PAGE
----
Folic Acid: A "Family Values" Vitamin
Folic acid , also called folate, is a B vitamin, essential for the division of all body cells and the production of DNA and RNA, the genetic material of life. Without it, nothing can grow—not even a single hair or fingernail—and healing cannot take place. Folic acid is found in orange juice, leafy green vegetables, and beans. The US Food and Drug Administration (FDA) requires folic acid to be added to enriched grains, such as breads, cereals, and pasta.
Preventing Birth Defects
Through its role in the cellular processes required for normal fetal development, folic acid helps prevent neural tube defects (NTDs). Occurring in about 3,000 births per year, NTDs are among the most serious birth defects in the United States. NTDs occur when the neural tube, which forms the brain and spinal cord, fails to close. Folic acid supports the normal fusion of the neural tube.
NTDs include anencephaly and spina bifida . Anencephaly occurs when a large portion of a baby's brain is not fully formed. This condition is incompatible with life. Spina bifida, which occurs when a fetus's spine does not close completely, is the most common NTD. According to the March of Dimes, the risk of NTDs could be reduced by 70% if women consumed an adequate amount of folic acid. Another study suggests that folic acid may prevent 50% of birth defects across the board, including cleft lip and cleft palate .
These statistics are impressive, but there is a catch: Women must consume sufficient levels of folic acid prior to conception since the neural tube is formed very early in pregnancy. Bolstering folic acid status early, about a month prior to starting to try to conceive, ensures that a woman has an adequate amount in her body at conception.
The problem, however, is that nearly half of all pregnancies in the United States are unplanned. Because of this, the March of Dimes and United States Public Health Service have recommended that all women of childbearing age, including all teenage girls, consume 400 mcg (micrograms) of folic acid each day. Most multivitamins contain this amount, as do some fortified breakfast cereals. Other good food sources include beef liver, black eyed peas, spinach, asparagus, and baked beans.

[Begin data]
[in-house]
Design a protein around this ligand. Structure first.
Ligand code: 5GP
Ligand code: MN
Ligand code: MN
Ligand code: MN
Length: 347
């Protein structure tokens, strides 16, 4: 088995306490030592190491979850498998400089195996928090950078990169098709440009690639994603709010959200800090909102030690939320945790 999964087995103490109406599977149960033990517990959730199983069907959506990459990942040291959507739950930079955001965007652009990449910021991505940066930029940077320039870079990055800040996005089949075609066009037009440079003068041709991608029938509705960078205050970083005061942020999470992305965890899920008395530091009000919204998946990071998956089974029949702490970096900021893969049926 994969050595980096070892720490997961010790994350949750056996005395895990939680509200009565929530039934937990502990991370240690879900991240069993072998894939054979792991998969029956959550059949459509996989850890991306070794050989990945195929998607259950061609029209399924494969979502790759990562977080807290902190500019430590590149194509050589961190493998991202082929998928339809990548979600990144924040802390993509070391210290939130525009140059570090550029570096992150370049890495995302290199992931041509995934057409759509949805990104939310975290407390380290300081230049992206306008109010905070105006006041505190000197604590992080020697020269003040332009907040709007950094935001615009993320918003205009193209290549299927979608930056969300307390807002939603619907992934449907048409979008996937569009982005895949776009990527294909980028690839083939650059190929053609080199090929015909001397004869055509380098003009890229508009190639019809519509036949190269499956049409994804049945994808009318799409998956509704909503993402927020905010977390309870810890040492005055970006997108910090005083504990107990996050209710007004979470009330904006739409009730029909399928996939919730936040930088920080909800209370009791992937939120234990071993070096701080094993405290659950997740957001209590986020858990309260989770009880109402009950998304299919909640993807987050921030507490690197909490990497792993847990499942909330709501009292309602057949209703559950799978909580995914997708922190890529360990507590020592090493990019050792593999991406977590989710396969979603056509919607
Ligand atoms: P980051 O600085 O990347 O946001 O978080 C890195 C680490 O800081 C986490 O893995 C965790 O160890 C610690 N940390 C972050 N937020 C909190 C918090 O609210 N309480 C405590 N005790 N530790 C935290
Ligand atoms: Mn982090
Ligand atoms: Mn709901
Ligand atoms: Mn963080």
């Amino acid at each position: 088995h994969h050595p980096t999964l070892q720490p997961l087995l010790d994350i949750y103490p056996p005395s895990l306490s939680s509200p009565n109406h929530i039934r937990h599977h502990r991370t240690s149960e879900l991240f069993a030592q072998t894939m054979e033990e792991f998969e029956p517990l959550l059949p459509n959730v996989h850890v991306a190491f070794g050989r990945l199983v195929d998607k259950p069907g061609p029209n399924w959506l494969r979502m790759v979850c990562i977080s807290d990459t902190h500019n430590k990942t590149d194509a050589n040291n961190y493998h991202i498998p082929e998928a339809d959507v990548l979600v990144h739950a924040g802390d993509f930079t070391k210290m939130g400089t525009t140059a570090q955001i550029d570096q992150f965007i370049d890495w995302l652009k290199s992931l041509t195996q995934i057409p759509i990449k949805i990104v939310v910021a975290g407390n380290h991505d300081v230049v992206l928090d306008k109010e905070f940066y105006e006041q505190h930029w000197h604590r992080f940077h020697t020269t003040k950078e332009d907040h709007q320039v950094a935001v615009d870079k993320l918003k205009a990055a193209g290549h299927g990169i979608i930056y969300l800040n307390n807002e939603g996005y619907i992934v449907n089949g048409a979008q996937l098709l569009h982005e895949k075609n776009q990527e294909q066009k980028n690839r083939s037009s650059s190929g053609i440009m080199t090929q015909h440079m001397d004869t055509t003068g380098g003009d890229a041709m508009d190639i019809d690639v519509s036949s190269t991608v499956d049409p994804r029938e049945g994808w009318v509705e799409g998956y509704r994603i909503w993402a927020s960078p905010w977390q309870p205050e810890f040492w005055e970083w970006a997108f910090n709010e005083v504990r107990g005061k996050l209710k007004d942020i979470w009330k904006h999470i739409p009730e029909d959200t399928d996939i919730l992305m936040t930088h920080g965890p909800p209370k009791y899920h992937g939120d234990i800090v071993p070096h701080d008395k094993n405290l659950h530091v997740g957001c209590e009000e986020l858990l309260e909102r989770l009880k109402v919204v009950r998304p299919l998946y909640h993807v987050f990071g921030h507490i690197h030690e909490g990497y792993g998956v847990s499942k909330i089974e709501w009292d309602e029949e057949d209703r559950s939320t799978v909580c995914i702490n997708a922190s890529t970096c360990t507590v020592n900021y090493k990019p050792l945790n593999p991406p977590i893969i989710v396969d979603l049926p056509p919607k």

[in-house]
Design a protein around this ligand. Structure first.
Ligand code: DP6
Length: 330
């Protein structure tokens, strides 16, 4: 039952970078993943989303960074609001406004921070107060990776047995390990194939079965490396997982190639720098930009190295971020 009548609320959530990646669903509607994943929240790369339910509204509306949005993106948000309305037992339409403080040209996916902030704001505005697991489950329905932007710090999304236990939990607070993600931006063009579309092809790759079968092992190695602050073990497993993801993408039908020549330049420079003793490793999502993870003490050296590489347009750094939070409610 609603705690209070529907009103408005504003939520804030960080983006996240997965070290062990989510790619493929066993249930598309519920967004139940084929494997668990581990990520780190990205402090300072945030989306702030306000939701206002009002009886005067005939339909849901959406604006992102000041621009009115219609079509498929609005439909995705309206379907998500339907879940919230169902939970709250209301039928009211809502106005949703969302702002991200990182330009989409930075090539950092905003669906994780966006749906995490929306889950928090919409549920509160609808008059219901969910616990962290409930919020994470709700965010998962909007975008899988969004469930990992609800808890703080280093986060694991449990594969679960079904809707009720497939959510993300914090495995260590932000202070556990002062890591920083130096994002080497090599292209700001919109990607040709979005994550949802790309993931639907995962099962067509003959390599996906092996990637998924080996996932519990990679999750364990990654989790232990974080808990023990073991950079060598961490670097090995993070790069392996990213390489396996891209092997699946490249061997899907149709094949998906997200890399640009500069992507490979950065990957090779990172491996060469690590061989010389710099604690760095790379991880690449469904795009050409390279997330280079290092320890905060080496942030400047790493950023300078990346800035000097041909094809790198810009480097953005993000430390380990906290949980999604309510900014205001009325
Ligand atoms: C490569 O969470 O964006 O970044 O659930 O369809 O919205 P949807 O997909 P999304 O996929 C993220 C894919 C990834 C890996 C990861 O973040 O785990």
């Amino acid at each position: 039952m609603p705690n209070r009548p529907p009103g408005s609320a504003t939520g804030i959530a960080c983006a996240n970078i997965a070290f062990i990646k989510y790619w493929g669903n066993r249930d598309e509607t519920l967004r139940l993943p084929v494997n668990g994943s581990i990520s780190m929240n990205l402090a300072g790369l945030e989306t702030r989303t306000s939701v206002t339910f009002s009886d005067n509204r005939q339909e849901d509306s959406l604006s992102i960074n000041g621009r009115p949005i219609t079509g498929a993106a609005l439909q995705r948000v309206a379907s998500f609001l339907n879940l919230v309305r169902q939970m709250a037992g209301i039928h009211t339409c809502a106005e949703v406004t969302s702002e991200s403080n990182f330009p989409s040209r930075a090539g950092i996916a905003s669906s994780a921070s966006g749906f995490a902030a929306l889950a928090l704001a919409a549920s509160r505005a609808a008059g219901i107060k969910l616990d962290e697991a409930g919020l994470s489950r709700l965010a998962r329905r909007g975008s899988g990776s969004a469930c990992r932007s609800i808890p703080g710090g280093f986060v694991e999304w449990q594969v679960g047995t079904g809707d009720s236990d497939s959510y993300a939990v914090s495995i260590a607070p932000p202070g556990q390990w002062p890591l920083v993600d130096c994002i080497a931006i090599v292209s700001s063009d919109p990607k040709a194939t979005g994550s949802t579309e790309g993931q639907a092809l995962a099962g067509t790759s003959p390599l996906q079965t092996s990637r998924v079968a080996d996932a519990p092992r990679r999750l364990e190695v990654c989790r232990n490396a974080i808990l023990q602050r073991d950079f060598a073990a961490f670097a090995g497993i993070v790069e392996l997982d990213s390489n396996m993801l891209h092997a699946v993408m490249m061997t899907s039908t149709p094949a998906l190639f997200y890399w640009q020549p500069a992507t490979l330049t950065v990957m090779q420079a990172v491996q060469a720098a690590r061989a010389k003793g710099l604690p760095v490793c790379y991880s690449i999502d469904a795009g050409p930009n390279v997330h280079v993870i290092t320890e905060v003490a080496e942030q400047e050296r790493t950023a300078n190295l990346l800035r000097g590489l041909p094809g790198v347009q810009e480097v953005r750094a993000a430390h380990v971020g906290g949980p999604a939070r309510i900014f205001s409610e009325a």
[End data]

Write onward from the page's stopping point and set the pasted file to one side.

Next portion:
Other countries also fortify their food with folic acid. Canada, for example, has seen signs of benefit with its fortification program—a decrease in the number of babies born with heart defects, suggesting that folic acid can offer protection beyond neural tube defects. Taking folate and iron may offer additional benefits, like reducing the number of infants born with low birth weight and reducing infant mortality.
Getting a Pre-pregnancy Exam
If you're not sure if you need folic acid supplements and you do plan on starting a family, make an appointment with your doctor. You and your partner can discuss any risk factors that may affect your pregnancy. Some of these can be determined with simple testing. Your doctor may also suggest certain lifestyle changes to help increase your chance of a successful conception and pregnancy. These may include prenatal vitamins, dietary changes, and quitting smoking and drinking.
Becoming More Aware
Unfortunately, many women are unaware of the recommendations regarding folic acid intake. To help spread the word, one week in January is dedicated as National Folic Acid Awareness Week, a time to spotlight NTD prevention. It's an opportunity to get the word out that some disabling or fatal birth defects are easily preventable.
Getting the Recommended Amounts
Daily Intake of Folate
Recommended daily allowances and adequate intake levels for folate:
|Age||Micrograms (mcg) per day|
|0-6 months||65 mcg|
|7-12 months||80 mcg|
|1-3 years||150 mcg|
|4-8 years||200 mcg|
|9-13 years||300 mcg|
|14 years and older||400 mcg|
|Pregnant women||600 mcg|
|Nursing women||500 mcg|
Upper Limits of Folate
Here are the tolerable upper intake levels for folic acid from fortified foods or supplements:
|Age||Micrograms (mcg) per day|
|1-3 years||300 mcg|
|4-8 years||400 mcg|
|9-13 years||600 mcg|
|14-18 years||800 mcg|
|Pregnant or nursing women up to 18 years||800 mcg|
|19 years or older||1000 mcg|
|Pregnant or nursing women 19 years and older||1000 mcg|
- Michael Woods, MD, FAAP
- Reviewed: 03/2017
- Updated: 03/09/2015
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